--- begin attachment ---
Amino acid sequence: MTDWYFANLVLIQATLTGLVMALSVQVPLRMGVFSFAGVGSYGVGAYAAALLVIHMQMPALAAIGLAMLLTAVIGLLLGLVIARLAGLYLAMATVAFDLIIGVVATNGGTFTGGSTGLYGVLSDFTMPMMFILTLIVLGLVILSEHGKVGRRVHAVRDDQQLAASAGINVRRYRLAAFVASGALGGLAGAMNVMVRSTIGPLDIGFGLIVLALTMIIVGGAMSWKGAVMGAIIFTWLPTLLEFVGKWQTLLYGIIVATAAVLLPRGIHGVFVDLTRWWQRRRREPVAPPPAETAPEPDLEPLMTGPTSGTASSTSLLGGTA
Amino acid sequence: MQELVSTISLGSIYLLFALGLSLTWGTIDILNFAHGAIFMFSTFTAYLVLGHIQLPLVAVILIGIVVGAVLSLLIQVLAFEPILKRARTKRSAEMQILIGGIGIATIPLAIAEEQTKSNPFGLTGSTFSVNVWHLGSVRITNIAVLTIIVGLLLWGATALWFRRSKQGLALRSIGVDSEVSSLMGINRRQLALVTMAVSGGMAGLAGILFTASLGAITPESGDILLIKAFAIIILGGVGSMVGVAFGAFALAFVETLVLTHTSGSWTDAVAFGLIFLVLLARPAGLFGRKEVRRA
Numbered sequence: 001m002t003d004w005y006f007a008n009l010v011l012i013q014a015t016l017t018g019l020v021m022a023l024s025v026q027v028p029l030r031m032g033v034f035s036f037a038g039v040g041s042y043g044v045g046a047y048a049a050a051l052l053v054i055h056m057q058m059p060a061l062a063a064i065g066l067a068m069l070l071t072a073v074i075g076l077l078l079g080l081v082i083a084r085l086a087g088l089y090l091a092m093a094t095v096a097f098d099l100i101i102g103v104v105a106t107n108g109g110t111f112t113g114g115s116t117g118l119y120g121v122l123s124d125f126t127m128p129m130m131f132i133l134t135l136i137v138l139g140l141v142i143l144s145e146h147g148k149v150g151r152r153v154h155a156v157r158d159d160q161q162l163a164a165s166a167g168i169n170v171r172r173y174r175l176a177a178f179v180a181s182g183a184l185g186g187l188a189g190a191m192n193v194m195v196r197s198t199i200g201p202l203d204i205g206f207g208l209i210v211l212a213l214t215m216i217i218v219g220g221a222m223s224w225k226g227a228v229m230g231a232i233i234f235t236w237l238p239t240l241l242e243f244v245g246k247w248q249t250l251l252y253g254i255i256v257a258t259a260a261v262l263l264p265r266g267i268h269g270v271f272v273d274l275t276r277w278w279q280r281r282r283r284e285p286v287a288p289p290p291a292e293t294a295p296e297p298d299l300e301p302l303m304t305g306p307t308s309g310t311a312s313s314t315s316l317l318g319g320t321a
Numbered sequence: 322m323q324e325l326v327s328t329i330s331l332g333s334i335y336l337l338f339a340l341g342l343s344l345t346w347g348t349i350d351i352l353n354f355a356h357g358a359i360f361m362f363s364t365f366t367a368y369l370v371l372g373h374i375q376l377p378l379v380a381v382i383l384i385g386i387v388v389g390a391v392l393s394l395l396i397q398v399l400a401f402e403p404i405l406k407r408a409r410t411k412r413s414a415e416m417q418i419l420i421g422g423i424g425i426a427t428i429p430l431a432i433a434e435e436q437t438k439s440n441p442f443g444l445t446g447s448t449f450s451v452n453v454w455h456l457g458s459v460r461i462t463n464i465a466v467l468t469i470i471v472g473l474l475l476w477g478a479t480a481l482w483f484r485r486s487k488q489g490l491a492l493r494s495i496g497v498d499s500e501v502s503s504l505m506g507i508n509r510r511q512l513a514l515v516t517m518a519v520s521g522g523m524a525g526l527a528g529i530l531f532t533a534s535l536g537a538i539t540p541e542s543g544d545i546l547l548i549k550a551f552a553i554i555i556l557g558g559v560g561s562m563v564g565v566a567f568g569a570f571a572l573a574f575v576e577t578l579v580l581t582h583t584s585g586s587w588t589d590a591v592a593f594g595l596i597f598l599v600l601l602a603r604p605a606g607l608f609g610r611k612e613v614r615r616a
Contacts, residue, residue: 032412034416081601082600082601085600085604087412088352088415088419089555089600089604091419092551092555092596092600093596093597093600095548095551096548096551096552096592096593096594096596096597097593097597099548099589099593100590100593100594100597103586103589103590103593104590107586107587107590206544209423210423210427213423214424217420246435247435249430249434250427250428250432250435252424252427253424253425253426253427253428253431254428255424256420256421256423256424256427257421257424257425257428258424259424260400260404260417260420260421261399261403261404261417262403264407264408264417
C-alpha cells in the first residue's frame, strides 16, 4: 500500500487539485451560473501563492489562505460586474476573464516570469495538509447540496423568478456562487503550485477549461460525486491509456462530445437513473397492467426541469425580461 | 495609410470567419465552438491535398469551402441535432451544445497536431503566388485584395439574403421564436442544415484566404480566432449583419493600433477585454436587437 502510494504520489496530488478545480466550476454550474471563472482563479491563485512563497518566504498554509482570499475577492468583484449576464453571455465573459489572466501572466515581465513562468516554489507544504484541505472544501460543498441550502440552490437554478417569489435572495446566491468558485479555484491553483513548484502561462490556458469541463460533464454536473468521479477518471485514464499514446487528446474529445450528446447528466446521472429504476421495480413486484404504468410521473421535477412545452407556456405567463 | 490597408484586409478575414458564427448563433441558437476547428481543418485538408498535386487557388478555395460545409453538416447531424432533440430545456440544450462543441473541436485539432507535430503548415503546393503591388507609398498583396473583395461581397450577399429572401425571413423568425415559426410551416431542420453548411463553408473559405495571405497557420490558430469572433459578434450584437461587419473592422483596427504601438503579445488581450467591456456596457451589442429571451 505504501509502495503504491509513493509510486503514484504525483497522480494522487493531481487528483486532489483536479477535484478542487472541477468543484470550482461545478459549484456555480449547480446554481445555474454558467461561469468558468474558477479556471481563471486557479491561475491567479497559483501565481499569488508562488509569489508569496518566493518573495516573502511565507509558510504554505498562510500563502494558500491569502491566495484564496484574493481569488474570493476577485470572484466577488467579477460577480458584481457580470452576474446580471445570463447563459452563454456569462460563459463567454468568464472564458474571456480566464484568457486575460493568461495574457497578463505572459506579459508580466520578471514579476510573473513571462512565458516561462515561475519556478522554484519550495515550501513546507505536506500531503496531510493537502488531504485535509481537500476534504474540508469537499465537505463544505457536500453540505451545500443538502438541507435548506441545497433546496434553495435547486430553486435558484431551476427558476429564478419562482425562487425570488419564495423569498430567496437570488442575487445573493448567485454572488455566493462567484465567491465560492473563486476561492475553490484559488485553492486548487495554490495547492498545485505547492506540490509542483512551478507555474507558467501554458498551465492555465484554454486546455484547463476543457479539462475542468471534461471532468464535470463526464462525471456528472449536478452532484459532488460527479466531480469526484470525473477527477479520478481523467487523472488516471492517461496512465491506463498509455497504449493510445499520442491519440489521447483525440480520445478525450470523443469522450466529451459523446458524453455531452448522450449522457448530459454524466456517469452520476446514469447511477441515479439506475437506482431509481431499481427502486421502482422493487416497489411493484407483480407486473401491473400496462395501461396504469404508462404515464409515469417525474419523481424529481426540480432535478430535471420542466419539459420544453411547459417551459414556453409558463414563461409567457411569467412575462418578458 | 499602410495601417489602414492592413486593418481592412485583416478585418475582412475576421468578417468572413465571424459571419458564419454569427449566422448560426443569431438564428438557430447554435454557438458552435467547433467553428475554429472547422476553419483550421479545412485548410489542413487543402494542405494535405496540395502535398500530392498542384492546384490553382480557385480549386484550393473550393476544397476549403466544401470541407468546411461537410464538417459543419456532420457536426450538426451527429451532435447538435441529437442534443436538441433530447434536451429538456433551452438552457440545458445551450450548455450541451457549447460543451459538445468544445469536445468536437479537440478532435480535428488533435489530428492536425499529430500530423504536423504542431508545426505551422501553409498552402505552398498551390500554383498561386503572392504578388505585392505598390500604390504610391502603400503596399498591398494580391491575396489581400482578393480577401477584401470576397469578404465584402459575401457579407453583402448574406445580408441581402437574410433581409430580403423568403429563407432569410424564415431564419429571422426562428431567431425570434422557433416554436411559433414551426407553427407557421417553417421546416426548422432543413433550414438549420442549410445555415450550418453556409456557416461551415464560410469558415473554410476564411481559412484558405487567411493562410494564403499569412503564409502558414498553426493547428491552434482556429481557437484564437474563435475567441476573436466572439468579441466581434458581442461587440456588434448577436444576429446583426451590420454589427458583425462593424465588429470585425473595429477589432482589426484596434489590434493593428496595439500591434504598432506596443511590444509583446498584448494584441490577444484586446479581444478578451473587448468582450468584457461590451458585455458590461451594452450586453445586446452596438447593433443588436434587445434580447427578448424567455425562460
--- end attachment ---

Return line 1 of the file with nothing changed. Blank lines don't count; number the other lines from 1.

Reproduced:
Amino acid sequence: MTDWYFANLVLIQATLTGLVMALSVQVPLRMGVFSFAGVGSYGVGAYAAALLVIHMQMPALAAIGLAMLLTAVIGLLLGLVIARLAGLYLAMATVAFDLIIGVVATNGGTFTGGSTGLYGVLSDFTMPMMFILTLIVLGLVILSEHGKVGRRVHAVRDDQQLAASAGINVRRYRLAAFVASGALGGLAGAMNVMVRSTIGPLDIGFGLIVLALTMIIVGGAMSWKGAVMGAIIFTWLPTLLEFVGKWQTLLYGIIVATAAVLLPRGIHGVFVDLTRWWQRRRREPVAPPPAETAPEPDLEPLMTGPTSGTASSTSLLGGTA